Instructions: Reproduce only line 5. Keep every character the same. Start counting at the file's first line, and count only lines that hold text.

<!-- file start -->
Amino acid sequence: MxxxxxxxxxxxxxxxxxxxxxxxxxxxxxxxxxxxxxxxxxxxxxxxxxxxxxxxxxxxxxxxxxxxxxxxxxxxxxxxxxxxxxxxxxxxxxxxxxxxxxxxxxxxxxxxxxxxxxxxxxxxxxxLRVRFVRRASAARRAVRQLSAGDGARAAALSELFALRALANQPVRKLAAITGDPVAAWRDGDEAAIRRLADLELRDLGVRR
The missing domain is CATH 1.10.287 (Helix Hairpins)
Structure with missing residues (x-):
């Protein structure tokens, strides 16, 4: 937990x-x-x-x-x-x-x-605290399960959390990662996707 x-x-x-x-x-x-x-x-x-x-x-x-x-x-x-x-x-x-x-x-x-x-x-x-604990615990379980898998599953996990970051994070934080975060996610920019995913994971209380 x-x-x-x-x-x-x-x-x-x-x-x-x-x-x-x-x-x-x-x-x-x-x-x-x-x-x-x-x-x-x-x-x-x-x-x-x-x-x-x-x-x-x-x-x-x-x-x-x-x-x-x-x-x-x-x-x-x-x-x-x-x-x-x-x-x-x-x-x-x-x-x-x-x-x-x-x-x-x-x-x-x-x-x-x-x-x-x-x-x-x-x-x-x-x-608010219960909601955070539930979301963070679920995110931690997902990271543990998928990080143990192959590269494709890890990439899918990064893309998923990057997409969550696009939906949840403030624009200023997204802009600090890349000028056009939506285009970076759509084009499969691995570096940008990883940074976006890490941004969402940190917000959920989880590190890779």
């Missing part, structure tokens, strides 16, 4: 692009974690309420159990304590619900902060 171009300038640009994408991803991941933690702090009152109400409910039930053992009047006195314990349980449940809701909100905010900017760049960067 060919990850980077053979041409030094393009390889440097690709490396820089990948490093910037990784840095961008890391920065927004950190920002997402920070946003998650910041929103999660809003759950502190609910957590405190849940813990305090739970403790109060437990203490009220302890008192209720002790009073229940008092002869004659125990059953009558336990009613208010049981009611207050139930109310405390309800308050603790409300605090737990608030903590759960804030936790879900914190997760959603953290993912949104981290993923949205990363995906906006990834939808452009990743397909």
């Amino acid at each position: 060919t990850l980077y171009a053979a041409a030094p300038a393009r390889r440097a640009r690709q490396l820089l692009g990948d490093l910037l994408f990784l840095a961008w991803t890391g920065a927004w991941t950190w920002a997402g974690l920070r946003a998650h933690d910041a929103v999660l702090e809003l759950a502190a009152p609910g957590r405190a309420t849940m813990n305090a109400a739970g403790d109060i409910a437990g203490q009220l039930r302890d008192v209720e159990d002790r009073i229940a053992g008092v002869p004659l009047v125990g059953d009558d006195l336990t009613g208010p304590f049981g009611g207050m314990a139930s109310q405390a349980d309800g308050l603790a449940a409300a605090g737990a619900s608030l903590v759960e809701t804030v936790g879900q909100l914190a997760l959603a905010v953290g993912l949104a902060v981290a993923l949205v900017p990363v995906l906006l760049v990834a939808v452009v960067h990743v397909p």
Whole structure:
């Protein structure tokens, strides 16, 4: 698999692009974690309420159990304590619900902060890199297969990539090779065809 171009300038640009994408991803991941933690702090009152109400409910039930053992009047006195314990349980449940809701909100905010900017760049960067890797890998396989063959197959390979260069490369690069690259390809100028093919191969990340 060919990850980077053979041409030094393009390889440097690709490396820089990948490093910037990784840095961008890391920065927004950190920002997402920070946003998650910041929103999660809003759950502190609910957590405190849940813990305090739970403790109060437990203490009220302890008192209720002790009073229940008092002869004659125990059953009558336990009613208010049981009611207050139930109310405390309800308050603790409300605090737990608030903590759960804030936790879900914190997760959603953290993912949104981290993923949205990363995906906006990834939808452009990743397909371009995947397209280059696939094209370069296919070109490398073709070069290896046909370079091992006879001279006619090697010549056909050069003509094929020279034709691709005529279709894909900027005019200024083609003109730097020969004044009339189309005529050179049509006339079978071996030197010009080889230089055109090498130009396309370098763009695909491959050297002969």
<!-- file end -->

């Missing part, structure tokens, strides 16, 4: 692009974690309420159990304590619900902060 171009300038640009994408991803991941933690702090009152109400409910039930053992009047006195314990349980449940809701909100905010900017760049960067 060919990850980077053979041409030094393009390889440097690709490396820089990948490093910037990784840095961008890391920065927004950190920002997402920070946003998650910041929103999660809003759950502190609910957590405190849940813990305090739970403790109060437990203490009220302890008192209720002790009073229940008092002869004659125990059953009558336990009613208010049981009611207050139930109310405390309800308050603790409300605090737990608030903590759960804030936790879900914190997760959603953290993912949104981290993923949205990363995906906006990834939808452009990743397909």